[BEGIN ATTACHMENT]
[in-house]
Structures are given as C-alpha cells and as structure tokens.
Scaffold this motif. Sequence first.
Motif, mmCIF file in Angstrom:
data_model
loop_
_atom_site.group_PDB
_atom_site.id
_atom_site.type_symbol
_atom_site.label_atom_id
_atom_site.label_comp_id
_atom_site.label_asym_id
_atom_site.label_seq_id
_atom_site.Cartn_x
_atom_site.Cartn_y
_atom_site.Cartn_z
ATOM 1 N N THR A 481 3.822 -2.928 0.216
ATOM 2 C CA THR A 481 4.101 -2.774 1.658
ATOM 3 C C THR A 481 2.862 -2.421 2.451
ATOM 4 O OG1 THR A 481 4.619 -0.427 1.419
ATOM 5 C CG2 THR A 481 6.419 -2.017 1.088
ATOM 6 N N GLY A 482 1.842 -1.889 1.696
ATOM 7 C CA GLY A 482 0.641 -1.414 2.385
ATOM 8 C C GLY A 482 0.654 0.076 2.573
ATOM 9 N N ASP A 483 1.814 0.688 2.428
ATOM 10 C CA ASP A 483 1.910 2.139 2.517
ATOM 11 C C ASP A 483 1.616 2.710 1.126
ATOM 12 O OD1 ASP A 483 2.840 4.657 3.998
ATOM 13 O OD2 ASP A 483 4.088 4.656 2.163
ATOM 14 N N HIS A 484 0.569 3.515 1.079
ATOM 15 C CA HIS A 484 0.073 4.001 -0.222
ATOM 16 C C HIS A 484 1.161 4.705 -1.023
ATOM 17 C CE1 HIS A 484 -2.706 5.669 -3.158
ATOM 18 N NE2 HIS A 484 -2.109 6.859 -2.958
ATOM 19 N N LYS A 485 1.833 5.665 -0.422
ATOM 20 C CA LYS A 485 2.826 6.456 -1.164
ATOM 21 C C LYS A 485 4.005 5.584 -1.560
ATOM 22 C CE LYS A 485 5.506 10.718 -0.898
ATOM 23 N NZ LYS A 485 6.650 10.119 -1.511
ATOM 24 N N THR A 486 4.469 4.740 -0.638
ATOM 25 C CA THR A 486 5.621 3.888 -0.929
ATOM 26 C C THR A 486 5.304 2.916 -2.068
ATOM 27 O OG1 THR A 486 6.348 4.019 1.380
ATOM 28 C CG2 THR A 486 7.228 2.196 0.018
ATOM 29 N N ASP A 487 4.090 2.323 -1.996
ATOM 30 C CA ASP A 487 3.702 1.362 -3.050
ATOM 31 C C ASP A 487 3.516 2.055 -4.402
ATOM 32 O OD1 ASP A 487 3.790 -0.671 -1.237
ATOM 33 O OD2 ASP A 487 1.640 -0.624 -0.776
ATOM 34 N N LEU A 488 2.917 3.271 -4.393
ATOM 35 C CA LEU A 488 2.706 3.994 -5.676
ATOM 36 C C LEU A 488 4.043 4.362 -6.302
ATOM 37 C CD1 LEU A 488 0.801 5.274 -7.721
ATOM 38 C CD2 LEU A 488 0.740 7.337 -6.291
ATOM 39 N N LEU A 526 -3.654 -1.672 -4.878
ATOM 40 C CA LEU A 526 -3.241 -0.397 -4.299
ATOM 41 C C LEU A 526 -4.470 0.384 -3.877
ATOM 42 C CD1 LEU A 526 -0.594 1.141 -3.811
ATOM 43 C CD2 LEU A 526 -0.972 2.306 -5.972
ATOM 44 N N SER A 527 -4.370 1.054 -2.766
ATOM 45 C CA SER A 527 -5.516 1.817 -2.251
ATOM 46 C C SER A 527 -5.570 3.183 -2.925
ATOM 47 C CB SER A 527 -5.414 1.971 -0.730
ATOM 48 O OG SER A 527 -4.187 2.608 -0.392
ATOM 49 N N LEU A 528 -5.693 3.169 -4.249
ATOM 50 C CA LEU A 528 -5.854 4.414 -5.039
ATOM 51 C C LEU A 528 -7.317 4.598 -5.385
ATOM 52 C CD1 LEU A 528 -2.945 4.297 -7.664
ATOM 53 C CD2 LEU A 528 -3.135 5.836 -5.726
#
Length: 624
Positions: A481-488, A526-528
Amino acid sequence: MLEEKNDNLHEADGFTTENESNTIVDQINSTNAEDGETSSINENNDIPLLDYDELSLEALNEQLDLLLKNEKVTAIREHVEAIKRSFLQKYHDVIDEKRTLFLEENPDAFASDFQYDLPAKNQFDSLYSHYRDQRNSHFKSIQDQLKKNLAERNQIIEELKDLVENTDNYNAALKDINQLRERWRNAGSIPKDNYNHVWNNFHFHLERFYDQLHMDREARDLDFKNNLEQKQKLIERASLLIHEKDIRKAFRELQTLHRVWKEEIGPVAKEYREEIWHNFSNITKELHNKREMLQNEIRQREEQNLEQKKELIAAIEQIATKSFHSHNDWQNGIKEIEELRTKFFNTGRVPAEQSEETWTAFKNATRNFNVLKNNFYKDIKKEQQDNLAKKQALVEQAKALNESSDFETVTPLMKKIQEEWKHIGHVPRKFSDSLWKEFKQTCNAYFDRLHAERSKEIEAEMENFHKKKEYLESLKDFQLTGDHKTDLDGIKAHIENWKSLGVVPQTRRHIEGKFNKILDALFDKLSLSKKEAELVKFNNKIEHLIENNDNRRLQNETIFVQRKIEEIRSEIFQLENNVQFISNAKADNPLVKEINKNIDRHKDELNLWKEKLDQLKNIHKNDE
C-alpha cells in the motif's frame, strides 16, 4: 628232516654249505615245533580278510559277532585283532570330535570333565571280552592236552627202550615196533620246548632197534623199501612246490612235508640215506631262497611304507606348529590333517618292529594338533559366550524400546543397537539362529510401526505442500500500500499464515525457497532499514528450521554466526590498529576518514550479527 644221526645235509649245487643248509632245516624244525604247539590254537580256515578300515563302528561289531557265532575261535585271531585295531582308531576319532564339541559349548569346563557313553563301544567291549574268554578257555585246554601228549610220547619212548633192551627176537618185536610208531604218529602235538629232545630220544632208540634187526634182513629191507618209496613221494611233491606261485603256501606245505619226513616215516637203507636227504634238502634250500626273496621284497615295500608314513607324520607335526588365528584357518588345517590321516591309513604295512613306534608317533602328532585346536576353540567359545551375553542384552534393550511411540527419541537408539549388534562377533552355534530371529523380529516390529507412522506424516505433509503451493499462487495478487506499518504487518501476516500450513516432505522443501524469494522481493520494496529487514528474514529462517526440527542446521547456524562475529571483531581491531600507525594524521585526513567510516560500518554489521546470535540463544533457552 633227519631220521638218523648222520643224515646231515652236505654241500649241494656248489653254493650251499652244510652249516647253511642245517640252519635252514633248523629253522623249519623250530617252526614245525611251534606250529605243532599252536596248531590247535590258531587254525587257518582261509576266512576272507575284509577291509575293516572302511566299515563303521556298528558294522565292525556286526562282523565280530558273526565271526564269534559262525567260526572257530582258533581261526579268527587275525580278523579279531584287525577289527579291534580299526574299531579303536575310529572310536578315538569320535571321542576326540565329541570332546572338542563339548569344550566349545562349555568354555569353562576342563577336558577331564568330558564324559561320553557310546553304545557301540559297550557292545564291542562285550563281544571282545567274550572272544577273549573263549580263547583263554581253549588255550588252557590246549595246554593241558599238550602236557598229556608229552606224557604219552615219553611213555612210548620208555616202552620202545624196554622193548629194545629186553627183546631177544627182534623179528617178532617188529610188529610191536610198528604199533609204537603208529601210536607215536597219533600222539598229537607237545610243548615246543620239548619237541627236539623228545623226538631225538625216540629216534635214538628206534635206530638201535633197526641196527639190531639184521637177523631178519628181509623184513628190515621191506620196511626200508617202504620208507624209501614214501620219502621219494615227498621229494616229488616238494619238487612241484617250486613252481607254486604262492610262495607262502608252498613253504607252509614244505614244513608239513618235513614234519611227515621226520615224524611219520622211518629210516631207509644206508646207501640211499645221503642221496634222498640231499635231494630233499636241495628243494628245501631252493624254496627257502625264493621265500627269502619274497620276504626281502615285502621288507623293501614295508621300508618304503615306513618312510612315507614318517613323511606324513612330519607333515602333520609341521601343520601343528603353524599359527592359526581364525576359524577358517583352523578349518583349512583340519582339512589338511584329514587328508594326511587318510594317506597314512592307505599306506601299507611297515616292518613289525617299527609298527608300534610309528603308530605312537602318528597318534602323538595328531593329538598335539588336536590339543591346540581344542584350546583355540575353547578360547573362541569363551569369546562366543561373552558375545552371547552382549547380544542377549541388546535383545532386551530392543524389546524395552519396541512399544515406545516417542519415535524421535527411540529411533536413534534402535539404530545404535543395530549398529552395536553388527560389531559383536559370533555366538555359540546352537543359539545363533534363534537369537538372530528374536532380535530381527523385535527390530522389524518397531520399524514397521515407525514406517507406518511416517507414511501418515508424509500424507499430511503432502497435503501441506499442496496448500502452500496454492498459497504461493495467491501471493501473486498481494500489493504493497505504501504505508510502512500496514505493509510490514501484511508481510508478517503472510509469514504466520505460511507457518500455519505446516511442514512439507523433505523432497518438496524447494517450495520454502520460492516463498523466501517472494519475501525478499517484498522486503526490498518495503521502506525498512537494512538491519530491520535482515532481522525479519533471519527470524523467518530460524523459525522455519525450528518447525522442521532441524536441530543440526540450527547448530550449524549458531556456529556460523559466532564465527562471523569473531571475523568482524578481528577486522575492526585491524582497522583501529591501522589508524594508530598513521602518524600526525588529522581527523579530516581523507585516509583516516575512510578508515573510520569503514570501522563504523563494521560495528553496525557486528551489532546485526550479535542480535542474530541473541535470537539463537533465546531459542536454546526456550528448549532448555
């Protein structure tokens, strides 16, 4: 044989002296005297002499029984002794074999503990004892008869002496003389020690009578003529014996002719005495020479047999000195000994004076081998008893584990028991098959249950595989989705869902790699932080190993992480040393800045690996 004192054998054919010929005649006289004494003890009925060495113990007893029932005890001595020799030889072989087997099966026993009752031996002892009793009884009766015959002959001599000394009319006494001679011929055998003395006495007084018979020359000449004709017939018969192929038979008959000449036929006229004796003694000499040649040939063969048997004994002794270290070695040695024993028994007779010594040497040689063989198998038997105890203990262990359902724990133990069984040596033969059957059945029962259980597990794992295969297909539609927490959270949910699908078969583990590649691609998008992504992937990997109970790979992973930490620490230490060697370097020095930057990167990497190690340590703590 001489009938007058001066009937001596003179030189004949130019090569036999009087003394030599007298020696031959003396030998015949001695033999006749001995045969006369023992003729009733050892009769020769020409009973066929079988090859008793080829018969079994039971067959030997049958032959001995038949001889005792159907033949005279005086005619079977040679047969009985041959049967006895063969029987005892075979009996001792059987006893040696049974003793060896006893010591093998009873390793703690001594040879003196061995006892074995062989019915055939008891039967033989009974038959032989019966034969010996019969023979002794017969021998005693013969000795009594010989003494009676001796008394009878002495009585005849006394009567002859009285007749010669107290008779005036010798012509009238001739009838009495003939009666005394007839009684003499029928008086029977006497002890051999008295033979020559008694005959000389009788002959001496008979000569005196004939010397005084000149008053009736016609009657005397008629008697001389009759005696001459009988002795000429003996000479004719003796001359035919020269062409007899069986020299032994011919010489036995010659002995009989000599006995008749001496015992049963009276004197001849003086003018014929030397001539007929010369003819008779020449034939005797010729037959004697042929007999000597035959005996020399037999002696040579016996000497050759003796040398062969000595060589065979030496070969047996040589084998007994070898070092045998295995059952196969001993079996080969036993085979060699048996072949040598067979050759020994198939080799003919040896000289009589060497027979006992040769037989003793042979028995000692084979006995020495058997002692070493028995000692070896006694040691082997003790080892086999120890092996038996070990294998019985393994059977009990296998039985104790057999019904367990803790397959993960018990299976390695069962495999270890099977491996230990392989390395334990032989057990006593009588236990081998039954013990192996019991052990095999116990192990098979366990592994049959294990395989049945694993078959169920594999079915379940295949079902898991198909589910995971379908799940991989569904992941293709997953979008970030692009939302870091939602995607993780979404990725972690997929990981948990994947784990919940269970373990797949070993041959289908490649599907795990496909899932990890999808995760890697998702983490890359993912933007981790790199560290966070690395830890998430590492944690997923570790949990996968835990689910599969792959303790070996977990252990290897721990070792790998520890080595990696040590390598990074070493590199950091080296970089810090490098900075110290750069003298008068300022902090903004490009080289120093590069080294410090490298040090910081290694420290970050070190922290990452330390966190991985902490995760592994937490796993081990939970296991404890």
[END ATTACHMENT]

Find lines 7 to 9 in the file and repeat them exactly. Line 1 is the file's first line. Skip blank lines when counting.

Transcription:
_atom_site.group_PDB
_atom_site.id
_atom_site.type_symbol